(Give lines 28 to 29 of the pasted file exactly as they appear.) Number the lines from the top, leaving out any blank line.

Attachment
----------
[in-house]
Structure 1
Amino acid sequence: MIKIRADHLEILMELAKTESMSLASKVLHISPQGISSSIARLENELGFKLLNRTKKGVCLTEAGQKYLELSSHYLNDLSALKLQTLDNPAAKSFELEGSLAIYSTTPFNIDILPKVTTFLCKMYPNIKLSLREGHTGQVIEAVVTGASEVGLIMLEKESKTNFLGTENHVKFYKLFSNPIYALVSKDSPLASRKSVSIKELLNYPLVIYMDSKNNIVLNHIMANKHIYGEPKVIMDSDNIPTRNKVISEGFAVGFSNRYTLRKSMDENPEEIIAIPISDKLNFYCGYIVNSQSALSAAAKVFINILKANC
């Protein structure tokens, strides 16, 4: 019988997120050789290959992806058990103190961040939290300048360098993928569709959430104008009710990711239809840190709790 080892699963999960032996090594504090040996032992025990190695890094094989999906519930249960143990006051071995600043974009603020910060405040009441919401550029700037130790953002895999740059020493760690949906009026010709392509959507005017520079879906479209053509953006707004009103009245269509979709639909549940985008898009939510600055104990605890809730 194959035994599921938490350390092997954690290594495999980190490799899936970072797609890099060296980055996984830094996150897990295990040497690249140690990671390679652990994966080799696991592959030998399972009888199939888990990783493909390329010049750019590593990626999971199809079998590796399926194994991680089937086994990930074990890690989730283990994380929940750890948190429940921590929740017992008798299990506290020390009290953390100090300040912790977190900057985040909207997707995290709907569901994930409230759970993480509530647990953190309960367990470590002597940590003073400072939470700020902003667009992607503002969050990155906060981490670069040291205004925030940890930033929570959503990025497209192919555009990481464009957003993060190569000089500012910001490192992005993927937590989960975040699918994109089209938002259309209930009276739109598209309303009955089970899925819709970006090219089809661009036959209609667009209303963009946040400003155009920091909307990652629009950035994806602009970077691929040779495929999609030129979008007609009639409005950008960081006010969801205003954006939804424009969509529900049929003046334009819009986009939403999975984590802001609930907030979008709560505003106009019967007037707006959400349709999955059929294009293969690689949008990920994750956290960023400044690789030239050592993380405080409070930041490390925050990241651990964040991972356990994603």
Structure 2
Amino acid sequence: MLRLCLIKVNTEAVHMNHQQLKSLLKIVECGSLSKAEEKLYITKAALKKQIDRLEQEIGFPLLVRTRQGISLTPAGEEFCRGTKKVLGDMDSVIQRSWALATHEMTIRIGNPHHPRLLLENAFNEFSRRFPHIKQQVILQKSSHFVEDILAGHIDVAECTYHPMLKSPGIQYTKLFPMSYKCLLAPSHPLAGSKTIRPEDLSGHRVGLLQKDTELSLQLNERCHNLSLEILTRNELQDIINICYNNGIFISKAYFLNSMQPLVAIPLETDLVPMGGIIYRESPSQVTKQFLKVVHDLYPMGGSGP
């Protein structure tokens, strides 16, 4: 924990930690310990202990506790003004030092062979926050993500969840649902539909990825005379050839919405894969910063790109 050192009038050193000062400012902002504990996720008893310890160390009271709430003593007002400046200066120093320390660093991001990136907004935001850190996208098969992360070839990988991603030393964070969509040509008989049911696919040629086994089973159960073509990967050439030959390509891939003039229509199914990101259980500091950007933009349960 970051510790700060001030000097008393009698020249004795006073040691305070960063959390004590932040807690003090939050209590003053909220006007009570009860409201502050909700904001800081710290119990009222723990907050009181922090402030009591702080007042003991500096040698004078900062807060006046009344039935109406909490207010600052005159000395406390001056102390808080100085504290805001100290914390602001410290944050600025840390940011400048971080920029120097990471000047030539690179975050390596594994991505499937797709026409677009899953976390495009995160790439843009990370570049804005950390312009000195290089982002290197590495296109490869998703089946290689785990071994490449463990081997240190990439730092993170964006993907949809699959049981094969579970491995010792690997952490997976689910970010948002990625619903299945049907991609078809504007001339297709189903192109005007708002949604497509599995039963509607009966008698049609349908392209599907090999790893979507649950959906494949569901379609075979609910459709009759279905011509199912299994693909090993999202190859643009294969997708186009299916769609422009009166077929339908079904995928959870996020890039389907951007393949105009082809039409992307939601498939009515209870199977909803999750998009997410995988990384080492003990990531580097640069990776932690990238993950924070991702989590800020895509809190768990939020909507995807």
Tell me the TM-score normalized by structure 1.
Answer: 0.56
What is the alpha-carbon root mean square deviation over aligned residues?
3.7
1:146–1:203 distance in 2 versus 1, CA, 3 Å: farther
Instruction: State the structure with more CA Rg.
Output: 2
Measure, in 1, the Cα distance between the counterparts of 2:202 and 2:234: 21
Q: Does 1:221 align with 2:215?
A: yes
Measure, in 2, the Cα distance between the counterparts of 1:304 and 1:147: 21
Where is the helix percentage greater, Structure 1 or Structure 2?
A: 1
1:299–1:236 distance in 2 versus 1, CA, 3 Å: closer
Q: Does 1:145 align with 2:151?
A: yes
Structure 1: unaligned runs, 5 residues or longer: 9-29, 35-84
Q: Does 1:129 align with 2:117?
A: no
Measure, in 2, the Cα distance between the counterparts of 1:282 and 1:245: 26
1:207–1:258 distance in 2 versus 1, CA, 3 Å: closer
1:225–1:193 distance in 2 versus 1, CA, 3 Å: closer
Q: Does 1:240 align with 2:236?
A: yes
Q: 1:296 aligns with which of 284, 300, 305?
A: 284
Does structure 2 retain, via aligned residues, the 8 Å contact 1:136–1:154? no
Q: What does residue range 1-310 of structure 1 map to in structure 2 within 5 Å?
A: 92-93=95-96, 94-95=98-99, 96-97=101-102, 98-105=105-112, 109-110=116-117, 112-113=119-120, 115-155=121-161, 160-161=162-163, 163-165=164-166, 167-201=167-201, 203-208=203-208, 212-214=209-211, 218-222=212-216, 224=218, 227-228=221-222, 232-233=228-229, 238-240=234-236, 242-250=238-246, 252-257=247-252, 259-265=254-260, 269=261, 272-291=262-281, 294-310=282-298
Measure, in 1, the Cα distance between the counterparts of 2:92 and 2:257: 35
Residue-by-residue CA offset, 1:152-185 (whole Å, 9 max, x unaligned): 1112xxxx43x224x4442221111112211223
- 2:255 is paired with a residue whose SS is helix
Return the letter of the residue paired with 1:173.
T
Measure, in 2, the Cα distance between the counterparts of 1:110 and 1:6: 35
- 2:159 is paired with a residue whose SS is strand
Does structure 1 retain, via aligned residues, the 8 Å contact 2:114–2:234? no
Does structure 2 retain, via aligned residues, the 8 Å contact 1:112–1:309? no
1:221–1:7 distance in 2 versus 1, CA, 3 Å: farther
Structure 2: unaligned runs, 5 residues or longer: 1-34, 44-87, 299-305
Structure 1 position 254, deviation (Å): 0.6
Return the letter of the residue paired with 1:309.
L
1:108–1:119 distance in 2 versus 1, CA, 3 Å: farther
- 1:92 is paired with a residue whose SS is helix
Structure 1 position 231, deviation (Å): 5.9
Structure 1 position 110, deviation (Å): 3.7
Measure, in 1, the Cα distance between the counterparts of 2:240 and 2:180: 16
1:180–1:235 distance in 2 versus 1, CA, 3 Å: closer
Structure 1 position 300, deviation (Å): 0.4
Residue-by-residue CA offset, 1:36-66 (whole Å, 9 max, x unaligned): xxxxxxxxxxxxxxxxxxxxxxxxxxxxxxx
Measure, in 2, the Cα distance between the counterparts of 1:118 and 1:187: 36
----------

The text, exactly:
1:207–1:258 distance in 2 versus 1, CA, 3 Å: closer
1:225–1:193 distance in 2 versus 1, CA, 3 Å: closer